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In my classroom, I find Night to be most effective in a couple of ways:
1. It demonstrates with great vivid imagery a true account of what happened during the Holocaust. My students are always horrified by the way babies were used for target practice in the air. People were put in lines and some went to be burned in a crematorium while others went to live a pointless work-filled life. Families were separated, and those who had a future quickly learned how their previous loved ones lost theirs.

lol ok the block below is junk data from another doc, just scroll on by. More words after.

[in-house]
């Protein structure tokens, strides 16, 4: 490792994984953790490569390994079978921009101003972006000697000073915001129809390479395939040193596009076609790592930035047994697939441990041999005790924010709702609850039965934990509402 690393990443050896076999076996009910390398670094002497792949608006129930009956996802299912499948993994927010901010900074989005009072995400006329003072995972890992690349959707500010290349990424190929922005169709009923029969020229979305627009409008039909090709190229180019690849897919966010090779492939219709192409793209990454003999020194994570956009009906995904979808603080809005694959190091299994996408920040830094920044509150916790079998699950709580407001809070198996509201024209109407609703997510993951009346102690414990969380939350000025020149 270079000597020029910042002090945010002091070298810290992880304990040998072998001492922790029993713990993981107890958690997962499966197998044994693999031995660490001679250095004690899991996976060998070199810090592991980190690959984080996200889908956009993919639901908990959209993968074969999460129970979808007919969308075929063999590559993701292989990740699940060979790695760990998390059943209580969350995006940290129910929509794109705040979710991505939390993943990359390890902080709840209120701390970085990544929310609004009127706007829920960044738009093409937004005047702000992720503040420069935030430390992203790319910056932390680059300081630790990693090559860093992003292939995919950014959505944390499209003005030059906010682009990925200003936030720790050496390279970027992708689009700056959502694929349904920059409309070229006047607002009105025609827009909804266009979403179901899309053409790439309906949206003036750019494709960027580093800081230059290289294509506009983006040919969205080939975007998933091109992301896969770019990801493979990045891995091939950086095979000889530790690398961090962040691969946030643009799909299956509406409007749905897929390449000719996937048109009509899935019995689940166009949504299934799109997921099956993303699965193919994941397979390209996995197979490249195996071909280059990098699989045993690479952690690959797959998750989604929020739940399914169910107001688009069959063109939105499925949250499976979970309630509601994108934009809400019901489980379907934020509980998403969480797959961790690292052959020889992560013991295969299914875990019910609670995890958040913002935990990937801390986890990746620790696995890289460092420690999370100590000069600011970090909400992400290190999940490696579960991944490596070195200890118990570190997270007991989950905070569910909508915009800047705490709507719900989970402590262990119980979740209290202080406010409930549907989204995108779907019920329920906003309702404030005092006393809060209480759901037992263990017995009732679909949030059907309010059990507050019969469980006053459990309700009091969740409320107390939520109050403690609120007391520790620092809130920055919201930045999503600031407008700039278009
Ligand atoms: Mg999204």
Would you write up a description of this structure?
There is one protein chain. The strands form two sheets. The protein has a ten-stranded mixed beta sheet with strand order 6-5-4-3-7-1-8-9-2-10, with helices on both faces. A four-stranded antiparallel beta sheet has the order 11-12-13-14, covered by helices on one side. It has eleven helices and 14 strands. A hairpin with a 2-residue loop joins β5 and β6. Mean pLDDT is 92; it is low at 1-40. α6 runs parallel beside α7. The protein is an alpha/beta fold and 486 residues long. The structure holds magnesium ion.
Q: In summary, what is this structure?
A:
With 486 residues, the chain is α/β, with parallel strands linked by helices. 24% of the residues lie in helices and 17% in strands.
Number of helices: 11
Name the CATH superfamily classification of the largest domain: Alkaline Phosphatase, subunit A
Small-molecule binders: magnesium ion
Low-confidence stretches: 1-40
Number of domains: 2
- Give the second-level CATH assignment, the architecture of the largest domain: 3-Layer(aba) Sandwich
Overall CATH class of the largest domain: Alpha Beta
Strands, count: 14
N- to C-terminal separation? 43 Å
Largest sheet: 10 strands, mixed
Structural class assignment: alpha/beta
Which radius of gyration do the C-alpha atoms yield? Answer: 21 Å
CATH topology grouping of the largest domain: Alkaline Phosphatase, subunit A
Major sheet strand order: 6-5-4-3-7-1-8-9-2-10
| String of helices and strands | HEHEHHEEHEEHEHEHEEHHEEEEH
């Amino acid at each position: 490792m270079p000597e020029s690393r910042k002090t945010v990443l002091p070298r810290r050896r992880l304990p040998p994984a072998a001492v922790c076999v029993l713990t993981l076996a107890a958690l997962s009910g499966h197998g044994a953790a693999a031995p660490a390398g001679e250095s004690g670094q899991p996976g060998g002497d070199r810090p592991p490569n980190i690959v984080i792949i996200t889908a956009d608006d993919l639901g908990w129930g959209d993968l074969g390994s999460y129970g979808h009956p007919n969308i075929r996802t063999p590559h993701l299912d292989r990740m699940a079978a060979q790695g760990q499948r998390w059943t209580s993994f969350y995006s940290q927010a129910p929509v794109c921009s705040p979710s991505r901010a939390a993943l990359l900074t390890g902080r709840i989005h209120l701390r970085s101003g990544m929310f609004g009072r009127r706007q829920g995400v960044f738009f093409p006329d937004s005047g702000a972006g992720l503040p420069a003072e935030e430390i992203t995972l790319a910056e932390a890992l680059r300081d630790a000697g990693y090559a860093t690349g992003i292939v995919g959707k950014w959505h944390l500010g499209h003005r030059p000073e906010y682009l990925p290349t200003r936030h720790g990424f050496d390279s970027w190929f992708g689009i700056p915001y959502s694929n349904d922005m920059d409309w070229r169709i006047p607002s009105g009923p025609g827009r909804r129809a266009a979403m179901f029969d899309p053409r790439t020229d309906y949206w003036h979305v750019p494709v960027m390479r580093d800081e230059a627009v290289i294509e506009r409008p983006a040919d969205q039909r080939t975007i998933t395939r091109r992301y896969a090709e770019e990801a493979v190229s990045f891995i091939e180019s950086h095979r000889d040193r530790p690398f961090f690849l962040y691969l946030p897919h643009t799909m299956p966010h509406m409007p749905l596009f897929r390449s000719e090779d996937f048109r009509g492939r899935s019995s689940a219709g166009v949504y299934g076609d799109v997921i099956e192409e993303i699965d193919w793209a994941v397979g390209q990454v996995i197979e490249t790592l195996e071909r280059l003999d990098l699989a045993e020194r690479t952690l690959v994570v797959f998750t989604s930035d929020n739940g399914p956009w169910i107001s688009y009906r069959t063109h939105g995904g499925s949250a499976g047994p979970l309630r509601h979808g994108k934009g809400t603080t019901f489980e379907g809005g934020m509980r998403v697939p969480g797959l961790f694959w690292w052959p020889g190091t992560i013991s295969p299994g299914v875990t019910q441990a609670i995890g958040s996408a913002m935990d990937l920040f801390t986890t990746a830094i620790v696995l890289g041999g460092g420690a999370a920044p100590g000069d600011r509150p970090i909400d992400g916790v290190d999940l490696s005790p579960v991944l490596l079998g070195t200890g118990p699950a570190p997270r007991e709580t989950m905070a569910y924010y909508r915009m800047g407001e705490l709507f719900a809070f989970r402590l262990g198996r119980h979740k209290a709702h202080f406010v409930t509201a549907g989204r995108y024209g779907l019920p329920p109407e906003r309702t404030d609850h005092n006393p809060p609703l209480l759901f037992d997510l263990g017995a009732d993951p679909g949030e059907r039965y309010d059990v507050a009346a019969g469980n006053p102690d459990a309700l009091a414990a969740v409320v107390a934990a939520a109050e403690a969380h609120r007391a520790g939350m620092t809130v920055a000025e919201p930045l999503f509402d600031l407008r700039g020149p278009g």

2. The first chapters demonstrate many warning signs of a problem with humanity that could have been solved earlier by a possible very bloody revolution. The most shocking feature of the novel is perhaps how the Jews just took what happened to them. They did not fight, they did not organize, they did not rebel. This instance only occurred 60-70 years ago. It is important to remember what humanity is capable of doing to itself so that future generations do not repeat such atrocities.